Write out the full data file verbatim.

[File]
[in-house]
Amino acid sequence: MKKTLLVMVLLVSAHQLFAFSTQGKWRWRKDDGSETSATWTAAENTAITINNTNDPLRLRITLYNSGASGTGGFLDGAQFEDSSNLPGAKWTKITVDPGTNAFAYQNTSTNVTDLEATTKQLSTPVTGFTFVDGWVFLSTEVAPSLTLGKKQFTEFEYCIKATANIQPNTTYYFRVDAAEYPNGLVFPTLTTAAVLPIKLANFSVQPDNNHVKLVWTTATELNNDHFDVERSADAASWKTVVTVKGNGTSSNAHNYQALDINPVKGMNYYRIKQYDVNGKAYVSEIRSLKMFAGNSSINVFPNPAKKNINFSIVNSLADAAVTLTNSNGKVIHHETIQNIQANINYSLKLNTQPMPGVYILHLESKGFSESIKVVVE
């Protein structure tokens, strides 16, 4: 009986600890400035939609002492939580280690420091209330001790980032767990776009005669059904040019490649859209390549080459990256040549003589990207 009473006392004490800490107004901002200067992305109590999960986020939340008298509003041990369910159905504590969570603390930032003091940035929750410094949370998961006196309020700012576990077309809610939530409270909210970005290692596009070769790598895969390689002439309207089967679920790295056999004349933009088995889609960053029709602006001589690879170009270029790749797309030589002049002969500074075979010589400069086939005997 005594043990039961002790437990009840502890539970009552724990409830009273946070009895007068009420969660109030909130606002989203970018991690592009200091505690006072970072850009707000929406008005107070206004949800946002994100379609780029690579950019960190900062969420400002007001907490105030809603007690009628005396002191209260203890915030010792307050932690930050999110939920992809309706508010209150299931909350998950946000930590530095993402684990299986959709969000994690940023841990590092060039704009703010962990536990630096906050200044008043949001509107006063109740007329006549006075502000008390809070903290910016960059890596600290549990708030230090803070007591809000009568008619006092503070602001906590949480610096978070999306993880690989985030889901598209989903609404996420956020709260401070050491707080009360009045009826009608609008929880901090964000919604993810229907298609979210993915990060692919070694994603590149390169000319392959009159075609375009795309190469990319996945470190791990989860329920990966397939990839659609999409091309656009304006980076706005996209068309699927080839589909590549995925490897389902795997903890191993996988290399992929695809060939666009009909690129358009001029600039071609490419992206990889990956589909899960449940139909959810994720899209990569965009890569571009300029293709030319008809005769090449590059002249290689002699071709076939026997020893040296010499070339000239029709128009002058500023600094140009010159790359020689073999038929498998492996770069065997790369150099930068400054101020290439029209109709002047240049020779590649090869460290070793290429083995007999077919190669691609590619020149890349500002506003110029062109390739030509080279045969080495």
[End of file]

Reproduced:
[in-house]
Amino acid sequence: MKKTLLVMVLLVSAHQLFAFSTQGKWRWRKDDGSETSATWTAAENTAITINNTNDPLRLRITLYNSGASGTGGFLDGAQFEDSSNLPGAKWTKITVDPGTNAFAYQNTSTNVTDLEATTKQLSTPVTGFTFVDGWVFLSTEVAPSLTLGKKQFTEFEYCIKATANIQPNTTYYFRVDAAEYPNGLVFPTLTTAAVLPIKLANFSVQPDNNHVKLVWTTATELNNDHFDVERSADAASWKTVVTVKGNGTSSNAHNYQALDINPVKGMNYYRIKQYDVNGKAYVSEIRSLKMFAGNSSINVFPNPAKKNINFSIVNSLADAAVTLTNSNGKVIHHETIQNIQANINYSLKLNTQPMPGVYILHLESKGFSESIKVVVE
């Protein structure tokens, strides 16, 4: 009986600890400035939609002492939580280690420091209330001790980032767990776009005669059904040019490649859209390549080459990256040549003589990207 009473006392004490800490107004901002200067992305109590999960986020939340008298509003041990369910159905504590969570603390930032003091940035929750410094949370998961006196309020700012576990077309809610939530409270909210970005290692596009070769790598895969390689002439309207089967679920790295056999004349933009088995889609960053029709602006001589690879170009270029790749797309030589002049002969500074075979010589400069086939005997 005594043990039961002790437990009840502890539970009552724990409830009273946070009895007068009420969660109030909130606002989203970018991690592009200091505690006072970072850009707000929406008005107070206004949800946002994100379609780029690579950019960190900062969420400002007001907490105030809603007690009628005396002191209260203890915030010792307050932690930050999110939920992809309706508010209150299931909350998950946000930590530095993402684990299986959709969000994690940023841990590092060039704009703010962990536990630096906050200044008043949001509107006063109740007329006549006075502000008390809070903290910016960059890596600290549990708030230090803070007591809000009568008619006092503070602001906590949480610096978070999306993880690989985030889901598209989903609404996420956020709260401070050491707080009360009045009826009608609008929880901090964000919604993810229907298609979210993915990060692919070694994603590149390169000319392959009159075609375009795309190469990319996945470190791990989860329920990966397939990839659609999409091309656009304006980076706005996209068309699927080839589909590549995925490897389902795997903890191993996988290399992929695809060939666009009909690129358009001029600039071609490419992206990889990956589909899960449940139909959810994720899209990569965009890569571009300029293709030319008809005769090449590059002249290689002699071709076939026997020893040296010499070339000239029709128009002058500023600094140009010159790359020689073999038929498998492996770069065997790369150099930068400054101020290439029209109709002047240049020779590649090869460290070793290429083995007999077919190669691609590619020149890349500002506003110029062109390739030509080279045969080495």